The United States has been the world’s biggest economy since 1871, but that top ranking is now under threat from China. The Asian giant has achieved economic growth averaging 10% since it initiated market reforms in 1978 and, in the process, lifting almost half of its 1.3 billion population out of poverty and becoming the undisputed second-largest economy.
China’s gross domestic product (GDP) – in terms of current prices and market exchange rates – was estimated by the IMF at approximately $8.25 trillion in 2012, which is just over 50% of US GDP of approximately $16 trillion for the same year. While that is a significant gap that may take China many years to close, using another measure known as Purchasing Power Parity (PPP), China is forecast to race past the U.S. in just a few more years.
In November 2012, the Organization for Economic Cooperation and Development (OECD) published an authoritative study on global long-term growth prospects. The study concluded that on the basis of 2005 PPP rates, China may surpass the Euro area’s GDP within a year, and that of the U.S. in another few years to become the world’s largest economy.
Specifically, China’s GDP (based on 2005 PPP) is forecast by the OECD at $15.26 trillion for 2016, exceeding the forecasted U.S. GDP of $15.24 trillion for the very first time. China is estimated to pull ahead of the U.S. steadily in the following years; the Chinese economy is estimated to be 1.5 times as large as the U.S. by 2030 and 1.7 times bigger by 2060.
India, for its part, is only projected to surpass the U.S. in 2051, when its GDP is forecast at $33.1 trillion, compared with U.S. GDP of $33 trillion. The IMF reached a similar conclusion in its October 2012 World Economic Outlook report, projecting that China’s GDP of $20.20 trillion in 2017 (based on current, rather than 2005, PPP rates) will exceed U.S. GDP of $19.75 trillion for the first time.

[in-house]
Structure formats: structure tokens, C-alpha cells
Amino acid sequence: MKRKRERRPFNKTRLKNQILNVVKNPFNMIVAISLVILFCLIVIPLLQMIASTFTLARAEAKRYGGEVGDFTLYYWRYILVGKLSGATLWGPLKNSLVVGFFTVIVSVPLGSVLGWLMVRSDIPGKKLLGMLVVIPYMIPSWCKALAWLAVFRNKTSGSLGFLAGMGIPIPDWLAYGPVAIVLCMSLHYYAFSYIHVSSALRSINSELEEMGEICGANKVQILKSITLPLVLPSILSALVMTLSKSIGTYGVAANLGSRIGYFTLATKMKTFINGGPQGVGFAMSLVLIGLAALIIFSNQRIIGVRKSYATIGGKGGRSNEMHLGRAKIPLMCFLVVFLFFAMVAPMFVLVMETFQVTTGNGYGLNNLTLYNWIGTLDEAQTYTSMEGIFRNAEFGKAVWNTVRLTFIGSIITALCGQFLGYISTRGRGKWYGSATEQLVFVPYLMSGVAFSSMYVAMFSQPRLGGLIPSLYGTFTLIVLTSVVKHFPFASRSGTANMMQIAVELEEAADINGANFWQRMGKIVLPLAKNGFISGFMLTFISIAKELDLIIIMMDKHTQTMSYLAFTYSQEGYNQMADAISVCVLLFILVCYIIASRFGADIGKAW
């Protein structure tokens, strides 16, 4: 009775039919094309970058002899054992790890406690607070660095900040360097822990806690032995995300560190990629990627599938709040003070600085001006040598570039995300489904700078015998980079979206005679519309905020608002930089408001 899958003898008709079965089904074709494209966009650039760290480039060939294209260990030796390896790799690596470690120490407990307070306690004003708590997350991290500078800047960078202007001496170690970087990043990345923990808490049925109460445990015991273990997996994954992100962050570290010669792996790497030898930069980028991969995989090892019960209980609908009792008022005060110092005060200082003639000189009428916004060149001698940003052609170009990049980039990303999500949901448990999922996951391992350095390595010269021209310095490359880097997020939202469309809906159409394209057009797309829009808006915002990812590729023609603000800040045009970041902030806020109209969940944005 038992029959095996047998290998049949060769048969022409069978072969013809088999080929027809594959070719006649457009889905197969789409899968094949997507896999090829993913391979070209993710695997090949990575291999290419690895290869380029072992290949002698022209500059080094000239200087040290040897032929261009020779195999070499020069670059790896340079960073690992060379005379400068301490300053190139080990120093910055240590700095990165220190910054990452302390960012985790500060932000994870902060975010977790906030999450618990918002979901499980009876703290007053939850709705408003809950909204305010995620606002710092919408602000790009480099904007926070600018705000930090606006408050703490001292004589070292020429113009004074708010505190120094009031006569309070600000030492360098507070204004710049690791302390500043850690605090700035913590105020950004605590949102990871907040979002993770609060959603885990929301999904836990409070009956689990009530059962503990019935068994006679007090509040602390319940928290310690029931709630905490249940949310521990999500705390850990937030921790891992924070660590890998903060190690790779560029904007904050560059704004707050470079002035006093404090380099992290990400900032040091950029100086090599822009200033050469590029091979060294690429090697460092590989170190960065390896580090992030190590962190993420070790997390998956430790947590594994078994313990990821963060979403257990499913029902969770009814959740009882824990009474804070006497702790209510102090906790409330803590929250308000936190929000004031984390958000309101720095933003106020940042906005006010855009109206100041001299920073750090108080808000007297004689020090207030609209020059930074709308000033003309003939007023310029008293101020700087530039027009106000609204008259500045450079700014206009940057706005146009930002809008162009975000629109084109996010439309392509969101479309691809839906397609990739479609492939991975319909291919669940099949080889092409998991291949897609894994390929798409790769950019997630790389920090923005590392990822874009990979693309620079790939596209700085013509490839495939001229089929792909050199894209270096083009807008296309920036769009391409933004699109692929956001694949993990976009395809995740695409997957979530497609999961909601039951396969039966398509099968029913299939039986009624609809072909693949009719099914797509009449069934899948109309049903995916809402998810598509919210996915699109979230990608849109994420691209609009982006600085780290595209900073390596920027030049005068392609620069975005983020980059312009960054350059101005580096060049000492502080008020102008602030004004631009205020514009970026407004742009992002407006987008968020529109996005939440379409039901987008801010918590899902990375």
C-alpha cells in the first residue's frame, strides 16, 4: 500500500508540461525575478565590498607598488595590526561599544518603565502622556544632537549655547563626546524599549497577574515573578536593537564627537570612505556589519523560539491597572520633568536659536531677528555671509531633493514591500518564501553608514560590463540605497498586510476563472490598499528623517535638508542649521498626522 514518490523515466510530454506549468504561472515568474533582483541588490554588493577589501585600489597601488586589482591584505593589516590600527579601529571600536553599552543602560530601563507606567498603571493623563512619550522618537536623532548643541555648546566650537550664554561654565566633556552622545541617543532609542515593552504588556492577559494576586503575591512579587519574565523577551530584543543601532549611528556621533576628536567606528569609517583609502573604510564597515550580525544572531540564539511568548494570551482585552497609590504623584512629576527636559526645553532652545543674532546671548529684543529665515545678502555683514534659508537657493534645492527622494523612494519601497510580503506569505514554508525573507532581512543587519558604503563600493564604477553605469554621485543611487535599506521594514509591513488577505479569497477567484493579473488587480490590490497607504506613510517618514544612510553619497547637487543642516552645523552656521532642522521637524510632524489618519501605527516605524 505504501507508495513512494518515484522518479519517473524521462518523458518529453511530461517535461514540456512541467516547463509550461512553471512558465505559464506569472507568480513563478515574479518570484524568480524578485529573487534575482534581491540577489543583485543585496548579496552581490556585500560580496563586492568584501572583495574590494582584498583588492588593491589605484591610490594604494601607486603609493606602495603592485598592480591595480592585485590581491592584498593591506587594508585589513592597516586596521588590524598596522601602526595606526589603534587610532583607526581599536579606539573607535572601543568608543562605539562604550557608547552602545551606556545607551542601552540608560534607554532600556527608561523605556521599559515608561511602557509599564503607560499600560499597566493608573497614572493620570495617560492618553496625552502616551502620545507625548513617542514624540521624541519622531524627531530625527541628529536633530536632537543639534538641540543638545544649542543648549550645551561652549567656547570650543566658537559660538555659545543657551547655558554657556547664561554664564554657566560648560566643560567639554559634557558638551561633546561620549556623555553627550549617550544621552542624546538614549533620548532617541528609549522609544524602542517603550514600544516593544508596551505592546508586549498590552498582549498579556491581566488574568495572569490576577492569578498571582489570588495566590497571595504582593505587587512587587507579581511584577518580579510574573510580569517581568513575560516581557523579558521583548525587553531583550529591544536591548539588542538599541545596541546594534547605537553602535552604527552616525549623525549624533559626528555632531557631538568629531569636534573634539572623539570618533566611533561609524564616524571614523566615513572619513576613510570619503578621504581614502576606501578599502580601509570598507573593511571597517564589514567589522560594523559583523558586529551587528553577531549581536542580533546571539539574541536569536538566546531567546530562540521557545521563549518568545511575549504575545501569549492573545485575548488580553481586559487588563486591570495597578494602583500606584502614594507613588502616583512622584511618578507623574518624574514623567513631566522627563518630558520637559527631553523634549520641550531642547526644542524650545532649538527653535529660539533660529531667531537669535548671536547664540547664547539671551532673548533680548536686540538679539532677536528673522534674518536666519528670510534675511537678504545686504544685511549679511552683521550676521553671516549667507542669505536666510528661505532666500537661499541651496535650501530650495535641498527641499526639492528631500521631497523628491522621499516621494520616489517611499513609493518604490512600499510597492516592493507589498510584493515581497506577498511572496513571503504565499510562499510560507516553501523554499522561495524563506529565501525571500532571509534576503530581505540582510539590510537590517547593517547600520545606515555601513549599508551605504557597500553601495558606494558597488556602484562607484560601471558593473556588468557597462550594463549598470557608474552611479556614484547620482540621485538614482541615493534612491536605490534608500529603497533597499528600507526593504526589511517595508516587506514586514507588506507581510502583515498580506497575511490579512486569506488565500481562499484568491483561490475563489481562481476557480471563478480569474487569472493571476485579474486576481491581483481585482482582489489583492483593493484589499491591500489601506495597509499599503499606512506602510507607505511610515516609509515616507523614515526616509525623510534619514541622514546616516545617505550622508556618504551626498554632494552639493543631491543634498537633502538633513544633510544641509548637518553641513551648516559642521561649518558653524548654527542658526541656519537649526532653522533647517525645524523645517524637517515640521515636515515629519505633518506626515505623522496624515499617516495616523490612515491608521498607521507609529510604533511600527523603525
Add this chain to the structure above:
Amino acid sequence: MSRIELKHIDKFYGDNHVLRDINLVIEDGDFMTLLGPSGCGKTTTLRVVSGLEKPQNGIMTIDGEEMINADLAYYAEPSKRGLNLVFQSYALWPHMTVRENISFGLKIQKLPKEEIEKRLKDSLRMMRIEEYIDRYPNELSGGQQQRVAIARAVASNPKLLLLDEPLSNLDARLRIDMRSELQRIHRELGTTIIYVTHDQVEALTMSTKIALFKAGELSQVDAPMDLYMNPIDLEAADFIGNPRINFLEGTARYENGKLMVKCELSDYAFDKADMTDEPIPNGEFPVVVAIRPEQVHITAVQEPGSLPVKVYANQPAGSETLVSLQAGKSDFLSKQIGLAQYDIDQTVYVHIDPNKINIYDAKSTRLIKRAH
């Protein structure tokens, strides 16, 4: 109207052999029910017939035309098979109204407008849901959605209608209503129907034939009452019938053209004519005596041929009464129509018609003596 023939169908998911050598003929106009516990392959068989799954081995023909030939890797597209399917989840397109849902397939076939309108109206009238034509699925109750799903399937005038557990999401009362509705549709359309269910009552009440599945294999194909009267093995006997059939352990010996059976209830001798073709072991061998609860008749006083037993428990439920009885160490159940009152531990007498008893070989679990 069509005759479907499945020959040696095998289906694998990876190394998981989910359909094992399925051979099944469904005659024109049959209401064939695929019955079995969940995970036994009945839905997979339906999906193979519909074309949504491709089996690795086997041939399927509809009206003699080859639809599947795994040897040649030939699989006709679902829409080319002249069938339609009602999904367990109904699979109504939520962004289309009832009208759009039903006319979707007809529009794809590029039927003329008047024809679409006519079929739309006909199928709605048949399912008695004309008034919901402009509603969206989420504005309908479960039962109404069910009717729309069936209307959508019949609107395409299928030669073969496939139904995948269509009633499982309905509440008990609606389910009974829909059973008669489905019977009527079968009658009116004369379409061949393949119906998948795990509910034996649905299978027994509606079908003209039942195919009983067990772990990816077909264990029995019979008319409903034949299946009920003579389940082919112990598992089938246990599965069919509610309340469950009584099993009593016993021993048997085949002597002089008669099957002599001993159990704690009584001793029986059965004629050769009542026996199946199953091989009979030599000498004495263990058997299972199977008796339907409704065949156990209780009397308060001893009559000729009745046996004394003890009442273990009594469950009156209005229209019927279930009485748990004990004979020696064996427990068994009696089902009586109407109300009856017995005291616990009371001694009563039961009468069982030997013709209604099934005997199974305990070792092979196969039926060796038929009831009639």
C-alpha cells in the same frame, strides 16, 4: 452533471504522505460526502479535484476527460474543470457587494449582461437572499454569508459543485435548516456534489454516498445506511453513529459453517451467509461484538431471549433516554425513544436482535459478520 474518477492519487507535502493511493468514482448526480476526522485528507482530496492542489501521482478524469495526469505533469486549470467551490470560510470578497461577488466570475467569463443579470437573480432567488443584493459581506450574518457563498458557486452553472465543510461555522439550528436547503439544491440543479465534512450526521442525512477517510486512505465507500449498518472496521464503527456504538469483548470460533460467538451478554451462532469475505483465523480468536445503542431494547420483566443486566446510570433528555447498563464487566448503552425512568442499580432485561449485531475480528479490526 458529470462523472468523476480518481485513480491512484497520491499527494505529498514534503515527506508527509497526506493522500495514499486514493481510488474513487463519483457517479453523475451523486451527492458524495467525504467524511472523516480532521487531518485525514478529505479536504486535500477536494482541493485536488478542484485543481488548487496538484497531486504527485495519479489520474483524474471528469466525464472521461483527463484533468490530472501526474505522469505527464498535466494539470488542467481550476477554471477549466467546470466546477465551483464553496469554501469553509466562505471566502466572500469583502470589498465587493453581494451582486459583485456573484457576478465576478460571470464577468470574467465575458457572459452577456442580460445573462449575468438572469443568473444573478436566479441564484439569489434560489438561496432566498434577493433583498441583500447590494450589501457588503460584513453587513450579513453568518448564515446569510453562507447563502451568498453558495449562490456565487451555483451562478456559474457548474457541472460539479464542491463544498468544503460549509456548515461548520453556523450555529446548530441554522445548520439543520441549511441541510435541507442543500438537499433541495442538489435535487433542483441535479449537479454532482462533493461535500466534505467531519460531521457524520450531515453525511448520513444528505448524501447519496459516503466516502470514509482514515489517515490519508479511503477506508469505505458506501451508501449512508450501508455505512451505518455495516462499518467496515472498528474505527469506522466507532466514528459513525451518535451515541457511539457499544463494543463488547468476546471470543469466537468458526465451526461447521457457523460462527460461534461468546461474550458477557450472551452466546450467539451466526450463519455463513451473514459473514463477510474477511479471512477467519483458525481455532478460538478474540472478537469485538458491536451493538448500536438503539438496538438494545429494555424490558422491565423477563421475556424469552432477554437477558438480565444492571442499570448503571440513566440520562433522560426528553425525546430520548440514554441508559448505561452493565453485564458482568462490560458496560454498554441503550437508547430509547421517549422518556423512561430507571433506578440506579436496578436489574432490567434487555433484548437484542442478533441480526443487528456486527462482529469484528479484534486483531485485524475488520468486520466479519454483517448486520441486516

With a population less than one-fourth that of China, the U.S. is still projected to remain one of the world’s most prosperous economies by 2060. The OECD study forecasts U.S. per capita GDP or income to more than double over the next 50 years, from roughly $43,000 in 2012 (based on 2005 PPP rates) to $92,000 in 2060.
China is forecast to boost its per capita income by a stunning seven-fold over this period, from $8,000 in 2012 to $55,000 by 2060. The difference in income levels between China and the U.S. are estimated to narrow substantially as a result. While 2012 per capita incomes in the U.S. were more than five times higher than in China, by 2060, they would only be 67% higher.
While the Chinese economy may be poised to surpass the U.S. on a PPP basis in less than five years, the U.S. will continue to be well ahead on most indicators related to living standards and quality of life. However, China’s surging economic clout may result in the country increasingly challenging the U.S. on a number of fronts, including diplomacy and military.
China is ranked 29th, with the WEF (World Economic Forum) noting some deterioration in areas that have become critical for its competitiveness, such as financial market development, technological readiness and market efficiency.
Growth isn’t always a great thing, with rapid economic growth over more than three decades leaving China grappling with a host of problems including income inequality, rapid urbanization, environmental issues and demographic pressures due to the aging population.
While Americans have a higher per capita GDP, China has an ever increasing middle class that finally has non-discretionary monies to spend; consequently, the Chinese will be buying the same basic goods and services that Americans traditionally have been buying causing a shortage in the marketplace to develop.
This is a by-product of population not per capita GDP because for every 1 middle class American (relative to US per capita GDP), there will be 4 middle class Chinese (relative to China per capital GDP).
Since the US middle class is shrinking this ratio could become larger over time.